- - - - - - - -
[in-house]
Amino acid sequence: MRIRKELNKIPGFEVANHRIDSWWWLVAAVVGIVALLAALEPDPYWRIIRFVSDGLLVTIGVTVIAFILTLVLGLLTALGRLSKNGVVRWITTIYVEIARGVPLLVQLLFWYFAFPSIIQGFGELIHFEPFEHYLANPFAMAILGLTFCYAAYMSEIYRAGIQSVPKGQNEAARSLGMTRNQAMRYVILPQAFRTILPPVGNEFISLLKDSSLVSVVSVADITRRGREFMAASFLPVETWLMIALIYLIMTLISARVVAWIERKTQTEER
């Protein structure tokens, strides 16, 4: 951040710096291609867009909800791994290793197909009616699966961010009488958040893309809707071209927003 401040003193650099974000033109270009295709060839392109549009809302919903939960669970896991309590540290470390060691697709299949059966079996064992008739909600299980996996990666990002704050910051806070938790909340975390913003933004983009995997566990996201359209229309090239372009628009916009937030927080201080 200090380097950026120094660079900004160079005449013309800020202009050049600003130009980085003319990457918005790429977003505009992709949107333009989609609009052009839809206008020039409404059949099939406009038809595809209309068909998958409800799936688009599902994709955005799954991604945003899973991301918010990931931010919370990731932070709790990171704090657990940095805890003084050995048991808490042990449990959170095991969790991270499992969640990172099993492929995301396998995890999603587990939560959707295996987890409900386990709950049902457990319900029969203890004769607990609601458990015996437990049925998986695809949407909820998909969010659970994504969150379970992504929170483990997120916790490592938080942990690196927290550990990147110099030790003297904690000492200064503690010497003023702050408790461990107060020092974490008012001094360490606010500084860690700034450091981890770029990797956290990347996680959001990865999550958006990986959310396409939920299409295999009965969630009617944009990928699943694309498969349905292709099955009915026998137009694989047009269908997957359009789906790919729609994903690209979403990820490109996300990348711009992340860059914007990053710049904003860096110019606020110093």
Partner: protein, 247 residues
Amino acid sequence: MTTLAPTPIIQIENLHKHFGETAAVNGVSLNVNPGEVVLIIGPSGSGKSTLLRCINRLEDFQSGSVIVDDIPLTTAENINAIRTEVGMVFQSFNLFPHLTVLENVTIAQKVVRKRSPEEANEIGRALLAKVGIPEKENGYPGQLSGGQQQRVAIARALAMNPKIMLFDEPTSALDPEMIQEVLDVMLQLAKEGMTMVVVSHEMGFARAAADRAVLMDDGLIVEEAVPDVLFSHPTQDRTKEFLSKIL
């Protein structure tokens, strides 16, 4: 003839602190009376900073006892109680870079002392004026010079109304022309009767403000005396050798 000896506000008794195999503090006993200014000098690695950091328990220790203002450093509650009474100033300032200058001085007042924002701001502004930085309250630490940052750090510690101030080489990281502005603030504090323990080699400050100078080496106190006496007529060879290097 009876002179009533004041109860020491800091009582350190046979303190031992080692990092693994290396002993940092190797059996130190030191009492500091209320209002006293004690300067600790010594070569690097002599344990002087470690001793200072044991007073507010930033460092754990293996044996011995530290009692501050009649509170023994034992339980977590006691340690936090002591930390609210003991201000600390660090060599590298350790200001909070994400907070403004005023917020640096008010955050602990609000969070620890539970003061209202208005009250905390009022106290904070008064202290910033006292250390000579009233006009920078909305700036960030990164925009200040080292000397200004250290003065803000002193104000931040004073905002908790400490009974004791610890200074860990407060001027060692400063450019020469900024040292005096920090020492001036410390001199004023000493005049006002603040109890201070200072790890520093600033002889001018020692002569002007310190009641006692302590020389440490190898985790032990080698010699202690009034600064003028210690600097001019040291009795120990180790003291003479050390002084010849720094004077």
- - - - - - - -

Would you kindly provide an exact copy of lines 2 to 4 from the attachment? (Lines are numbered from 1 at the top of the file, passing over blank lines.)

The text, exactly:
Amino acid sequence: MRIRKELNKIPGFEVANHRIDSWWWLVAAVVGIVALLAALEPDPYWRIIRFVSDGLLVTIGVTVIAFILTLVLGLLTALGRLSKNGVVRWITTIYVEIARGVPLLVQLLFWYFAFPSIIQGFGELIHFEPFEHYLANPFAMAILGLTFCYAAYMSEIYRAGIQSVPKGQNEAARSLGMTRNQAMRYVILPQAFRTILPPVGNEFISLLKDSSLVSVVSVADITRRGREFMAASFLPVETWLMIALIYLIMTLISARVVAWIERKTQTEER
């Protein structure tokens, strides 16, 4: 951040710096291609867009909800791994290793197909009616699966961010009488958040893309809707071209927003 401040003193650099974000033109270009295709060839392109549009809302919903939960669970896991309590540290470390060691697709299949059966079996064992008739909600299980996996990666990002704050910051806070938790909340975390913003933004983009995997566990996201359209229309090239372009628009916009937030927080201080 200090380097950026120094660079900004160079005449013309800020202009050049600003130009980085003319990457918005790429977003505009992709949107333009989609609009052009839809206008020039409404059949099939406009038809595809209309068909998958409800799936688009599902994709955005799954991604945003899973991301918010990931931010919370990731932070709790990171704090657990940095805890003084050995048991808490042990449990959170095991969790991270499992969640990172099993492929995301396998995890999603587990939560959707295996987890409900386990709950049902457990319900029969203890004769607990609601458990015996437990049925998986695809949407909820998909969010659970994504969150379970992504929170483990997120916790490592938080942990690196927290550990990147110099030790003297904690000492200064503690010497003023702050408790461990107060020092974490008012001094360490606010500084860690700034450091981890770029990797956290990347996680959001990865999550958006990986959310396409939920299409295999009965969630009617944009990928699943694309498969349905292709099955009915026998137009694989047009269908997957359009789906790919729609994903690209979403990820490109996300990348711009992340860059914007990053710049904003860096110019606020110093």
Partner: protein, 247 residues